My first novel, Keowee Valley, is on sale now until July 31 for only $0.99 (via Amazon, Kobo, Barnes & Noble, Google & Apple).

It’s a bit ego-crushing to call your novel a “debut” when it was published almost 8 years ago and you’ve not published a second novel yet. But this is mine. Happily, Adriana Trigiani called Keowee Valley “stunning,” “evocative,” and “beautiful.” Pat Conroy said mine was “a name that should be remembered,” Tommy Hays said the novel was “sensual,” “gripping, magically embodied,” and Ron Rash said I was “a fresh and valuable new voice in Southern literature.” These are the things I cling to, as a writer and creative, in these creativity-stymied times when all I’m doing is holding my family together by a thread (also when my 7 year-old screams that I don’t understand her as she speeds away on the bike I bought her).

If you’ve not read Keowee Valley after all these years, I hope you’ll take a 99-cent chance on it now, or mention it to your friends. I’m pretty proud to say readers of all genders and stripes have enjoyed the story, and I’m glad folks still read it. If your book club wants to pick it up, let me know. I’m a great Zoom date.

You can purchase Keowee Valley for only 99 cents through July 31 at the following sites:



Barnes & Noble



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Summer reading recommendation: “The Summer Set” by Aimee Agresti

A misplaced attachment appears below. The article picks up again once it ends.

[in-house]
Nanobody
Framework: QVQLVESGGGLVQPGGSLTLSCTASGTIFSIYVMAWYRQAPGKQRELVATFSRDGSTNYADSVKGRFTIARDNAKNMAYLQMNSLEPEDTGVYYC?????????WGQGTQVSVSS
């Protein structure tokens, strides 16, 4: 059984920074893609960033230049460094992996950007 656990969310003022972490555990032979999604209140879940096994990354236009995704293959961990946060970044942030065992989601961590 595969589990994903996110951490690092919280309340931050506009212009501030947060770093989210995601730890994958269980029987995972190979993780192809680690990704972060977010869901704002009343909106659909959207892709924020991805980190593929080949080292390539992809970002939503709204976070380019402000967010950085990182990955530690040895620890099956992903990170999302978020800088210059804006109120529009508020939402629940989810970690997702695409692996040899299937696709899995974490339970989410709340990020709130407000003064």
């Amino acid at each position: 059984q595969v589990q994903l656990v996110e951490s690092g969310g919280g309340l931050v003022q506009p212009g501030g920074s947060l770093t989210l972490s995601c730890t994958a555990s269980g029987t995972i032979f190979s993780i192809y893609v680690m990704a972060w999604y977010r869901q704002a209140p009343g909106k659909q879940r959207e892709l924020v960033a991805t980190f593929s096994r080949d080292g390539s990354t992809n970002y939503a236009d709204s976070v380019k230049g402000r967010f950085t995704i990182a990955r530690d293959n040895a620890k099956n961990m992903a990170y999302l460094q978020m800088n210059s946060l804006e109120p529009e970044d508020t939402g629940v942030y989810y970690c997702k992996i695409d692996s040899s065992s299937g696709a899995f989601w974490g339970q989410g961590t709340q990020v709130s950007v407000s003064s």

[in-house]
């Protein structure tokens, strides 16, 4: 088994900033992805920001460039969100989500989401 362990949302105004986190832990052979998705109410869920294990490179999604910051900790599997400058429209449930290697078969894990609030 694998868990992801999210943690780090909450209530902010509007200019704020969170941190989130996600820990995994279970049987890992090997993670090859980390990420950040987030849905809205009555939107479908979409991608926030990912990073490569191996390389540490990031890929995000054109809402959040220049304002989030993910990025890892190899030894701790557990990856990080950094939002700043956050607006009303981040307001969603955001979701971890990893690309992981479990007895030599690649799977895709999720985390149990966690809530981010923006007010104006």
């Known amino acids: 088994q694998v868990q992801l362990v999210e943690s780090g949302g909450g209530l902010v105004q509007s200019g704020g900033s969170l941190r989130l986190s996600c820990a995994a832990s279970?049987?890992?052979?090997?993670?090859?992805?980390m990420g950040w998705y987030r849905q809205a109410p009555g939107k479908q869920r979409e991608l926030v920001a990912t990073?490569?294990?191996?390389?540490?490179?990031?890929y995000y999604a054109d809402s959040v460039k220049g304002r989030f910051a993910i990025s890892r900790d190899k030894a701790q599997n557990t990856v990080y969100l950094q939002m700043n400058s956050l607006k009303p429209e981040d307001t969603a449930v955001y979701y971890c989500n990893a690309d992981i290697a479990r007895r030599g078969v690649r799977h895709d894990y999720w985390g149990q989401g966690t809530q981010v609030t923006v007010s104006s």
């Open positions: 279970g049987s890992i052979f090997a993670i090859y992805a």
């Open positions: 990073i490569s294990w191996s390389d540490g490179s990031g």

thesummersetI picked up The Summer Set by Aimee Agresti (Graydon House Books, 2020) on a whim, not knowing a thing about the author. The gorgeous cover–all summer night and twinkle lights–and the copy on the back cover, promising a cast of unique characters at a summer Shakespeare theater in the Berkshires, led to the grab.

And I loved it. I needed it. It’s smart, funny, and full of heart. One of the book’s stars, 39 year-old former big-time Hollywood actress Charlie Savoy, leapt off the page: full of verve and authenticity, talking the way I always want my female characters to talk. She is wonderfully, blisteringly HERSELF … no apologies. 

My thanks to Agresti, for reminding this former theater kid (who let her insecurities take her from the stage far too soon) about the community, magic, and romp of the playhouse. About the earthy, unending delights of the Bard. And about the timeless, lovely kick you get when you believe in yourself.

Bookish friends, put The Summer Set on your summer reading lists!

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“But bears it out even to the edge of doom”: or, Happy 16th Anniversary to Us

Taken on our honeymoon in Costa Rica, 2004.

Taken on our honeymoon in Costa Rica, 2004.